Back to Marlene and her move. She has known for years that her home would be replaced by a major road construction project in her community of Sioux Falls, SD. The process picked up about a year ago with meetings and paperwork, and this spring she started looking for a new place.

Real estate moves quickly in Sioux Falls, and she was lucky to find a nice place that is a good fit in a desirable location. It will work well for her, with the ability to stay on one level for everything she needs. The lower level will give us pleasant space to stay in when we come to visit.

Darcy, Sam, and I, along with his sister and her family, were able to get everything moved. Marlene had packed much of it up already, making things go more quickly. It was hard work and I used muscles that don't get used when I run. But I am grateful we could all pitch in, and Marlene was most appreciative too.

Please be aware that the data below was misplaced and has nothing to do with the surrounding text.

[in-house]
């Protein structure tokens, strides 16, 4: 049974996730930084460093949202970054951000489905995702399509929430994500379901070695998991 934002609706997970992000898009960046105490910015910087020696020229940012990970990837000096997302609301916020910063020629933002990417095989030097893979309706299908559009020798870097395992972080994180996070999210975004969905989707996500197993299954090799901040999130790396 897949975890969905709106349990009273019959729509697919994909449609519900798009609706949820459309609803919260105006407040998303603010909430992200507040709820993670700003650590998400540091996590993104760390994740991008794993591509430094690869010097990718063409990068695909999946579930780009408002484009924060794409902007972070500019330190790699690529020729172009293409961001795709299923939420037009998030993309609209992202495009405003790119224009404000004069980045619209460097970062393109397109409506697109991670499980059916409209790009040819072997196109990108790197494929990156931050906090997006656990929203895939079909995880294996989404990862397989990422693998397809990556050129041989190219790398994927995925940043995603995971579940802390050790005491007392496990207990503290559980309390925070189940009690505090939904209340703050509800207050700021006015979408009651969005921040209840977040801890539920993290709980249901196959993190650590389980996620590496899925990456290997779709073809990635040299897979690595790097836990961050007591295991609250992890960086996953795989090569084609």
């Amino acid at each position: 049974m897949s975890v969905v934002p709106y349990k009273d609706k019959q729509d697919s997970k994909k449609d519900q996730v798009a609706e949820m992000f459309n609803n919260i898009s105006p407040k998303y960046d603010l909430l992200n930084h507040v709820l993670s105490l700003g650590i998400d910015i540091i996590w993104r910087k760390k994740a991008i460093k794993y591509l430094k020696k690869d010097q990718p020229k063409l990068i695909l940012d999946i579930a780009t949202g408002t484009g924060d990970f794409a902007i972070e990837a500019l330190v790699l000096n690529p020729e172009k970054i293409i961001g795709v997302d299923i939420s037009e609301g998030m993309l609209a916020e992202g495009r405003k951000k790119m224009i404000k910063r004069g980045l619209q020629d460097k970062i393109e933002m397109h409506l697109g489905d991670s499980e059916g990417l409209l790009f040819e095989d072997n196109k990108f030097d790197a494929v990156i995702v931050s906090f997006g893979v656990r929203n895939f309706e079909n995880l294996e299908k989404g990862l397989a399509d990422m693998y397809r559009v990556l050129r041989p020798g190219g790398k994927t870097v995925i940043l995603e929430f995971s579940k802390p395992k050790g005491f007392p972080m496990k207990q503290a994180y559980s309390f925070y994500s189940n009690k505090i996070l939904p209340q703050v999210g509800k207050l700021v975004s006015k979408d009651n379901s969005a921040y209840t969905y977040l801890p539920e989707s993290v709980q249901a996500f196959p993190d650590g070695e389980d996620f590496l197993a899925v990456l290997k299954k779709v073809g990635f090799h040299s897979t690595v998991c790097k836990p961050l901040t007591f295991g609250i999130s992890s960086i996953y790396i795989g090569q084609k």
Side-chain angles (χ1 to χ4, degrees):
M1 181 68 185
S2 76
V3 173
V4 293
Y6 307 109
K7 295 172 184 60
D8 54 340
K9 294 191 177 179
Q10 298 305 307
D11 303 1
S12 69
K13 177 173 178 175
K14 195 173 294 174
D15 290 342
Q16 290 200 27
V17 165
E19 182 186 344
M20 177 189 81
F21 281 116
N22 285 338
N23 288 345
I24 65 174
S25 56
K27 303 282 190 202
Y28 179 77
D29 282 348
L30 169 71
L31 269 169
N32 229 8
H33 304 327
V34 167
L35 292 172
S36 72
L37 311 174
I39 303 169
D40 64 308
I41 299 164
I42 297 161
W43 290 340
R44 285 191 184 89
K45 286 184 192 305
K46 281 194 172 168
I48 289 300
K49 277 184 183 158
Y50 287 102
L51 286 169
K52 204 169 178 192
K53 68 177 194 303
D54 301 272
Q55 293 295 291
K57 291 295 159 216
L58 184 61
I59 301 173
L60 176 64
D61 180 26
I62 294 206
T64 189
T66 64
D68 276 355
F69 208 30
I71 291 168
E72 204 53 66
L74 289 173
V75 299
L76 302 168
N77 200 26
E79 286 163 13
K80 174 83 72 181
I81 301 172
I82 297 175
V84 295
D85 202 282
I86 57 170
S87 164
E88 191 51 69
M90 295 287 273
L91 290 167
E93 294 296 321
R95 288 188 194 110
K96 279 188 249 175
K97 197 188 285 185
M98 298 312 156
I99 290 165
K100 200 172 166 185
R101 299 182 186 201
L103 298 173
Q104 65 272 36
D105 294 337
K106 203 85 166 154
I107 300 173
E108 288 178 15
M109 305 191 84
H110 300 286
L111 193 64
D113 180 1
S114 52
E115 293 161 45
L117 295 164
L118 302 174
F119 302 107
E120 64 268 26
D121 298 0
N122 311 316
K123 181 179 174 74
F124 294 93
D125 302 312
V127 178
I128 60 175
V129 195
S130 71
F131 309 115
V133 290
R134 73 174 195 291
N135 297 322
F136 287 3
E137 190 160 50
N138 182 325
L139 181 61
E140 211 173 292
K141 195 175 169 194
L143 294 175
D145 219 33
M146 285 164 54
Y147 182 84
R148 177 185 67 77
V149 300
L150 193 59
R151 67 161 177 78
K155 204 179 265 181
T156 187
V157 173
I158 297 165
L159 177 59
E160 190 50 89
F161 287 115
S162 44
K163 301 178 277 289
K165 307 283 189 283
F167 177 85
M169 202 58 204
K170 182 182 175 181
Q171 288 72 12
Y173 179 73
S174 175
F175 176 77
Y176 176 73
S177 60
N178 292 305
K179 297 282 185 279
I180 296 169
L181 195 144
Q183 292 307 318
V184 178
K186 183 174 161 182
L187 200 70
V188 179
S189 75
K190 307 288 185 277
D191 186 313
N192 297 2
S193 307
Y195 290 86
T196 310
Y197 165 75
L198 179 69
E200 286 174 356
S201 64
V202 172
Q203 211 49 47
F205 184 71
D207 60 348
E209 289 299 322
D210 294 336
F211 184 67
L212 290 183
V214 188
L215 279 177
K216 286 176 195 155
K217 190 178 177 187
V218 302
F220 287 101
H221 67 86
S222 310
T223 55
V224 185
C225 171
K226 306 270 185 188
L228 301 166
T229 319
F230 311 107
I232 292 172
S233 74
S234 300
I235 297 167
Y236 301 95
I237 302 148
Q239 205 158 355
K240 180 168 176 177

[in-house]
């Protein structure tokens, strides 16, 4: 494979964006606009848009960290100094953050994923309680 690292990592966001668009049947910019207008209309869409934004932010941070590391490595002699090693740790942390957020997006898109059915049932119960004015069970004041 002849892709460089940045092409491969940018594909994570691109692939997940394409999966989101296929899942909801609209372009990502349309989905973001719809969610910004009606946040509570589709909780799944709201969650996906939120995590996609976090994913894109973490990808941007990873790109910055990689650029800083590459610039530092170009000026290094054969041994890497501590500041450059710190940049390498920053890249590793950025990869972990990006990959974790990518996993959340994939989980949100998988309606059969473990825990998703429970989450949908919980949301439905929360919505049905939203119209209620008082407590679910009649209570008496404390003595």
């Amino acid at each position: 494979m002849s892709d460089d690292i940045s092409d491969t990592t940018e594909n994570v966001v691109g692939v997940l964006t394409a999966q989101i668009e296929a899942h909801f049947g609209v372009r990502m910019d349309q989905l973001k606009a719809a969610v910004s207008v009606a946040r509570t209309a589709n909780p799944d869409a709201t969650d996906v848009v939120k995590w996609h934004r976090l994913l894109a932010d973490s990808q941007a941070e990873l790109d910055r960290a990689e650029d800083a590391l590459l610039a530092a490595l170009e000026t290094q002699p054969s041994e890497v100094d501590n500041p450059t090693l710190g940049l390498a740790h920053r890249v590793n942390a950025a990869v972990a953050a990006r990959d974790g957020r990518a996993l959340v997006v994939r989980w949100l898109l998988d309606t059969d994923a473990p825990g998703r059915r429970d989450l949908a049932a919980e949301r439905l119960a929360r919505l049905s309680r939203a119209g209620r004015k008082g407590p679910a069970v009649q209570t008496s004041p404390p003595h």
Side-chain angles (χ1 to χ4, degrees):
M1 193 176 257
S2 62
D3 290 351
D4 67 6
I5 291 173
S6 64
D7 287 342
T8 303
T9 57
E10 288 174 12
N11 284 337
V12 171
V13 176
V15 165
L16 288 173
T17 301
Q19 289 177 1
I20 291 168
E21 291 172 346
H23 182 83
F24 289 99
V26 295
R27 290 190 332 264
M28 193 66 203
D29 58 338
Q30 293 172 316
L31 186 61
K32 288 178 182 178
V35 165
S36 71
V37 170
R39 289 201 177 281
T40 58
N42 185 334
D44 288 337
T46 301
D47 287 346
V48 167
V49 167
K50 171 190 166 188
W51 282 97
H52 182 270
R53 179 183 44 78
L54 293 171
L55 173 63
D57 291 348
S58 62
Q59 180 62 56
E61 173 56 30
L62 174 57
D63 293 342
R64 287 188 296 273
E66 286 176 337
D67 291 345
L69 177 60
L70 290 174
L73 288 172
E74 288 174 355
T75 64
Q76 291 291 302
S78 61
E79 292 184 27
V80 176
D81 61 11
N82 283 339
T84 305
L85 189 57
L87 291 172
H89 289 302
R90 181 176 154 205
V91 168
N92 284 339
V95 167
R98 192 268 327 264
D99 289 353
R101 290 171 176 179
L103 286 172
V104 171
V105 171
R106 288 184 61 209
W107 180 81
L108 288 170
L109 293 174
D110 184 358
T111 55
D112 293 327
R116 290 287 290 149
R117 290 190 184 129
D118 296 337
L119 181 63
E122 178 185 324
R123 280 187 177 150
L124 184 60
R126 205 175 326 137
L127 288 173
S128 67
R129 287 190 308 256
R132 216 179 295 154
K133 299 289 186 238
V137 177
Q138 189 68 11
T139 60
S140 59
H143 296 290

I wouldn't want to be moving someone every weekend, but it is fun and exciting when you get to do it from time to time. We were a good moving team and even got to enjoy our first night in the new place on Saturday night.

I am grateful for family and for the physical capabilities that were put to use this weekend, as well as the laughter and the time together. 

Thursday, July 13, 2017

Shine On! (According to the Upanishads)

Today I am grateful for 4-wheeled vehicles and their convenience. I am also grateful for ears that can hear the various sounds coming from those vehicles as they pass by or as I drive.

Consider this quote:
As the Sun shines upon my heart, 
so may my heart shine upon others!
The Upanishads

I was not familiar with the Upanishads and erroneously thought they were a group of people. They are actually ancient writings. According to Wikipedia: The Upanishads are a collection of ancient Sanskrit texts that contain some of the central philosophical concepts of Hinduism, some of which are shared with Buddhism, Jainism, and Sikhism.